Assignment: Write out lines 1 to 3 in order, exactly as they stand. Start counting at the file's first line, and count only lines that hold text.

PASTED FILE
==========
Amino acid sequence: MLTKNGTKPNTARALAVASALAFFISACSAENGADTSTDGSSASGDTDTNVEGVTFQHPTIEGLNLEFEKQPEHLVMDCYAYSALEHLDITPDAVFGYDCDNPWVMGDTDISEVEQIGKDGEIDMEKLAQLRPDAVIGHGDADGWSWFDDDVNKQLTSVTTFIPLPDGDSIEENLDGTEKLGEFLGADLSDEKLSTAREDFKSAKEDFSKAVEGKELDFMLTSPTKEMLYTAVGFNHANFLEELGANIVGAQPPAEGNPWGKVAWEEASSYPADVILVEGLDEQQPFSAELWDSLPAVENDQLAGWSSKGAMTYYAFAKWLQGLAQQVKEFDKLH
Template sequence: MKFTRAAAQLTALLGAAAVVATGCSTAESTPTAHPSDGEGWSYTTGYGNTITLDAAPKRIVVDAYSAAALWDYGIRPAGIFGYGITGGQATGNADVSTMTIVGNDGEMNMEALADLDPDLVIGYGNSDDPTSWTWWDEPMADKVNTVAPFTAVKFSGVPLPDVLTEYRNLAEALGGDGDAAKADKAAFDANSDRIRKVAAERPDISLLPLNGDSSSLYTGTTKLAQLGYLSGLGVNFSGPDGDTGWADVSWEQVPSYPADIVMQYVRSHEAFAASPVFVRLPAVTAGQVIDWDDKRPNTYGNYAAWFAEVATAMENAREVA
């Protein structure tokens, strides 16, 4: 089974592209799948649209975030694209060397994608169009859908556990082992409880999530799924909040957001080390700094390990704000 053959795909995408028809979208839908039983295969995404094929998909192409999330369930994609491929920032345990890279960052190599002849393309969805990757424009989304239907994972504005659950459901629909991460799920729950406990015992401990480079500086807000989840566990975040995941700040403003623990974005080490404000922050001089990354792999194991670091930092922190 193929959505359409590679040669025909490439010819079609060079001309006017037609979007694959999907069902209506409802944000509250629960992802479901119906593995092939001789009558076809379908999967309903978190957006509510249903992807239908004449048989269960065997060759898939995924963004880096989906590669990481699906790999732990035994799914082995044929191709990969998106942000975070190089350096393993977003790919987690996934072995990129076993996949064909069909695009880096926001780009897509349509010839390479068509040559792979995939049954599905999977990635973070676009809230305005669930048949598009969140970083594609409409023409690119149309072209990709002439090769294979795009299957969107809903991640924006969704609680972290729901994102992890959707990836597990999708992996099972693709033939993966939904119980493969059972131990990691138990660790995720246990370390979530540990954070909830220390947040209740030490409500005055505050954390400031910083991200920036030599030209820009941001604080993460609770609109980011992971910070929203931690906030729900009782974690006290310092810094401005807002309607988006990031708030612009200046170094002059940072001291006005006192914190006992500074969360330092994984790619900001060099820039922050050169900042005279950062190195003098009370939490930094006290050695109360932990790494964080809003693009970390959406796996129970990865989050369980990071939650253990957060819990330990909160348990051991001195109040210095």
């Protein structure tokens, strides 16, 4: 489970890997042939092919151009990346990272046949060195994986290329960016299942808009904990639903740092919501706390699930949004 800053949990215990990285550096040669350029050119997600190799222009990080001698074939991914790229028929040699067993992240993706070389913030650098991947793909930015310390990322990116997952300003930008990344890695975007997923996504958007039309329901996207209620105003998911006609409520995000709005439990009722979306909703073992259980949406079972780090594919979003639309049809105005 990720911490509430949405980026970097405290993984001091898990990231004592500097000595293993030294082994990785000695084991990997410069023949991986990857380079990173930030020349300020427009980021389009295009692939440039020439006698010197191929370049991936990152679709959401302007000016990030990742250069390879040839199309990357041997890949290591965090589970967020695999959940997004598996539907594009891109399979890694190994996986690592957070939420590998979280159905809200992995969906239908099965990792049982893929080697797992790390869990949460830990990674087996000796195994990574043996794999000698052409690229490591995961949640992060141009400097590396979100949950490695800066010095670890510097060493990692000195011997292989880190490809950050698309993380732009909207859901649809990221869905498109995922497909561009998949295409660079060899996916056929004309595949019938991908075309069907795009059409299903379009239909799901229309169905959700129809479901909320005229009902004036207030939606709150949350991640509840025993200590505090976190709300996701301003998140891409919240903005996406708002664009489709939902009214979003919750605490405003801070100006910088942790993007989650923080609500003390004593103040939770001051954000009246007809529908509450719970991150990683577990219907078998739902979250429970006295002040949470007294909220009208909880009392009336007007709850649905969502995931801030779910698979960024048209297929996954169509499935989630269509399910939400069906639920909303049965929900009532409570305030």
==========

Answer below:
Amino acid sequence: MLTKNGTKPNTARALAVASALAFFISACSAENGADTSTDGSSASGDTDTNVEGVTFQHPTIEGLNLEFEKQPEHLVMDCYAYSALEHLDITPDAVFGYDCDNPWVMGDTDISEVEQIGKDGEIDMEKLAQLRPDAVIGHGDADGWSWFDDDVNKQLTSVTTFIPLPDGDSIEENLDGTEKLGEFLGADLSDEKLSTAREDFKSAKEDFSKAVEGKELDFMLTSPTKEMLYTAVGFNHANFLEELGANIVGAQPPAEGNPWGKVAWEEASSYPADVILVEGLDEQQPFSAELWDSLPAVENDQLAGWSSKGAMTYYAFAKWLQGLAQQVKEFDKLH
Template sequence: MKFTRAAAQLTALLGAAAVVATGCSTAESTPTAHPSDGEGWSYTTGYGNTITLDAAPKRIVVDAYSAAALWDYGIRPAGIFGYGITGGQATGNADVSTMTIVGNDGEMNMEALADLDPDLVIGYGNSDDPTSWTWWDEPMADKVNTVAPFTAVKFSGVPLPDVLTEYRNLAEALGGDGDAAKADKAAFDANSDRIRKVAAERPDISLLPLNGDSSSLYTGTTKLAQLGYLSGLGVNFSGPDGDTGWADVSWEQVPSYPADIVMQYVRSHEAFAASPVFVRLPAVTAGQVIDWDDKRPNTYGNYAAWFAEVATAMENAREVA
């Protein structure tokens, strides 16, 4: 089974592209799948649209975030694209060397994608169009859908556990082992409880999530799924909040957001080390700094390990704000 053959795909995408028809979208839908039983295969995404094929998909192409999330369930994609491929920032345990890279960052190599002849393309969805990757424009989304239907994972504005659950459901629909991460799920729950406990015992401990480079500086807000989840566990975040995941700040403003623990974005080490404000922050001089990354792999194991670091930092922190 193929959505359409590679040669025909490439010819079609060079001309006017037609979007694959999907069902209506409802944000509250629960992802479901119906593995092939001789009558076809379908999967309903978190957006509510249903992807239908004449048989269960065997060759898939995924963004880096989906590669990481699906790999732990035994799914082995044929191709990969998106942000975070190089350096393993977003790919987690996934072995990129076993996949064909069909695009880096926001780009897509349509010839390479068509040559792979995939049954599905999977990635973070676009809230305005669930048949598009969140970083594609409409023409690119149309072209990709002439090769294979795009299957969107809903991640924006969704609680972290729901994102992890959707990836597990999708992996099972693709033939993966939904119980493969059972131990990691138990660790995720246990370390979530540990954070909830220390947040209740030490409500005055505050954390400031910083991200920036030599030209820009941001604080993460609770609109980011992971910070929203931690906030729900009782974690006290310092810094401005807002309607988006990031708030612009200046170094002059940072001291006005006192914190006992500074969360330092994984790619900001060099820039922050050169900042005279950062190195003098009370939490930094006290050695109360932990790494964080809003693009970390959406796996129970990865989050369980990071939650253990957060819990330990909160348990051991001195109040210095």